At the very beginning of St. Paul’s letter, we Christians living in the twenty-first century might find a question popping up in our minds: “Why would Paul refer to all of the Christians in that city as saints? Were those first Christians all living such perfect lives that they could assume themselves quite ready to be canonized? Isn’t Paul being awfully presumptuous in using such language?” Look at II Corinthians 1:1, Philippians 1:1, and Acts 9:13, to see how common this word “saints” was in the early years of the Church’s life. A passage like Romans 8:1-6 can be a great help in understanding why such a descriptive designation is truly an accurate one, when the Church is living the very life of Christ in this world. The Greek word for saint is hagios meaning sacred, holy, consecrated, set apart.
The Catechism (CCC 823-825) teaches that “The Church…is held, as a matter of faith, to be unfailingly holy. This is because Christ, the Son of God, who with the Father and the Spirit is hailed as ‘alone holy,’ loved the Church as his Bride, giving himself up for her so as to sanctify her; he joined her to himself as his body and endowed her with the gift of the Holy Spirit for the glory of God…..All the activities of the Church are directed, as toward their end, to the sanctification of men in Christ….The Church on earth is endowed already with a sanctity that is real though imperfect….” (It would be advisable to go to the Catechism and read the complete text every time that I quote it. It is very rich!) By the way, for anyone happening upon this study blog who wonders why we use “men” to speak about men and women, know that the Catholic Church in many of its documents has decided to keep the traditional way of referring to human beings, rather than attempting to become gender-specific, or gender-universal, or gender-whatever in the English language. Catholics don’t have a problem with this decision, really, from what I have experienced in the Church since becoming Catholic nearly eight years ago. Having come from a mainline denomination, and being influenced by feminist-leaning theologies for a few years, it took me a little while to get over my own obsession with “politically correct” language, but after awhile I discovered it was a relief to just let that go! The way the Church actually lives out deep respect and honor of women speaks much louder than a few pronouns.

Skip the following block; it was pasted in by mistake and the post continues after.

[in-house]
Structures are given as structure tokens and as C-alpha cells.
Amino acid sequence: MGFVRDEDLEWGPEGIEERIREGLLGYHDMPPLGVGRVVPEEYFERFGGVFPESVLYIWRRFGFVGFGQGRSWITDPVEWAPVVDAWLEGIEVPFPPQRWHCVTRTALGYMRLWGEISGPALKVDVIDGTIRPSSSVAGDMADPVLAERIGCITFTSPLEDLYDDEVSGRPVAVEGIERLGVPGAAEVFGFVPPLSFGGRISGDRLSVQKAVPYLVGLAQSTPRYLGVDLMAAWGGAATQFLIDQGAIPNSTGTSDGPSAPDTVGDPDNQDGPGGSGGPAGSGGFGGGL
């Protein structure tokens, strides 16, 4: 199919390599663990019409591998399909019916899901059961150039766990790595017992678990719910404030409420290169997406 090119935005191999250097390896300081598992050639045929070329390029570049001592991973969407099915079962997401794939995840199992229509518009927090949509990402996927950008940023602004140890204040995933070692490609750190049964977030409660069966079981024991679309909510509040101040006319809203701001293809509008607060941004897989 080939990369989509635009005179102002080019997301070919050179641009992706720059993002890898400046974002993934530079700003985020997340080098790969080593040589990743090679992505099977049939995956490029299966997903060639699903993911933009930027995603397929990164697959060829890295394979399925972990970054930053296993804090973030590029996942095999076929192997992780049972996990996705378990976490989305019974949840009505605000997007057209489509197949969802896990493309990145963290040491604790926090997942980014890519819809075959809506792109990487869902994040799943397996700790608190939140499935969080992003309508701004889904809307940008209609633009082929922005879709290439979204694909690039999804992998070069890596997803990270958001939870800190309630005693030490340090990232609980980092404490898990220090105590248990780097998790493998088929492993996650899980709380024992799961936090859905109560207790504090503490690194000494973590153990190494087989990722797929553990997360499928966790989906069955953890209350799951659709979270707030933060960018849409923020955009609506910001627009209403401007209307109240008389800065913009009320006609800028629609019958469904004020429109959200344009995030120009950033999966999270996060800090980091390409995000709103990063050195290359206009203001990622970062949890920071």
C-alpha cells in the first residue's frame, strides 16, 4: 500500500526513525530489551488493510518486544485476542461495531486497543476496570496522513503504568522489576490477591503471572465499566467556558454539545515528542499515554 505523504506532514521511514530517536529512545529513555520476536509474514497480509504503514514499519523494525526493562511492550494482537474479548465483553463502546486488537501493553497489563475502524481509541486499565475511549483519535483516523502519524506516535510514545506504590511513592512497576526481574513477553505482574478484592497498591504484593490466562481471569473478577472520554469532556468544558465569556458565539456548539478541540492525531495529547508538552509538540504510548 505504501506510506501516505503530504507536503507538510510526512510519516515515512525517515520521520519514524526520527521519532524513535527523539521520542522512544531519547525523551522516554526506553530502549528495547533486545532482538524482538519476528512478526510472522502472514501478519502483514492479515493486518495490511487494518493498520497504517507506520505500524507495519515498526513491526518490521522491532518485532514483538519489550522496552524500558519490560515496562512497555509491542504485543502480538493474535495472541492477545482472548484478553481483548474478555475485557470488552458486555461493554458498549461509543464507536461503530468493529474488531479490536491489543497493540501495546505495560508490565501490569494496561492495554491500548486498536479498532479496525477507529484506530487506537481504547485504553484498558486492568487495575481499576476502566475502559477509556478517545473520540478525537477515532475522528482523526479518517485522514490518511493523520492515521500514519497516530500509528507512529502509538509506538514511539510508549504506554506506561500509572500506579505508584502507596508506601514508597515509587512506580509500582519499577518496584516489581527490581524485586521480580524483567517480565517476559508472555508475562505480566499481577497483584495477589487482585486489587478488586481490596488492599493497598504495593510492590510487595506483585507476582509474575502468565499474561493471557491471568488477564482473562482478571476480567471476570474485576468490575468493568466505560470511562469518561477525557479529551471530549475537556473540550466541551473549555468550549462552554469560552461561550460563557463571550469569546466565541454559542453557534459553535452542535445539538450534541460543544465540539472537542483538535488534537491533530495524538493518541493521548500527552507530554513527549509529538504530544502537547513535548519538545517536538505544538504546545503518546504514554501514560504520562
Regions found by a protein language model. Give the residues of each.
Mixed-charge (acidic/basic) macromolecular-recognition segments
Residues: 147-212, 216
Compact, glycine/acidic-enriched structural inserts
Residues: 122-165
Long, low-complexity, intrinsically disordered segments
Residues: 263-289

Grace to you and peace from God our Father and our Lord Jesus Christ. Blessed be the God and Father of our Lord Jesus Christ, who has blessed us with every spiritual blessing in the heavenly places in Christ….
Compare this introductory greeting to Romans 1:7. In the Catholic Commentary On Sacred Scripture’s Ephesians, by Peter S. Williamson, (which I will be referring to as PSW from this point on) we are informed: “Among Greek-speaking people in Paul’s day, the common greeting at the beginning of letters was chairein–‘rejoice’–indicating that the sender wished happiness to the recipient. Paul’s word ‘grace’ (charis) is similar but refers instead to a divine ‘gift’ or ‘favor.’ The common greeting among Jews was shalom, usually translated in English as ‘peace,’ although the Hebrew word has a wider range of meaning, signifying complete well-being.” (PSW p. 28)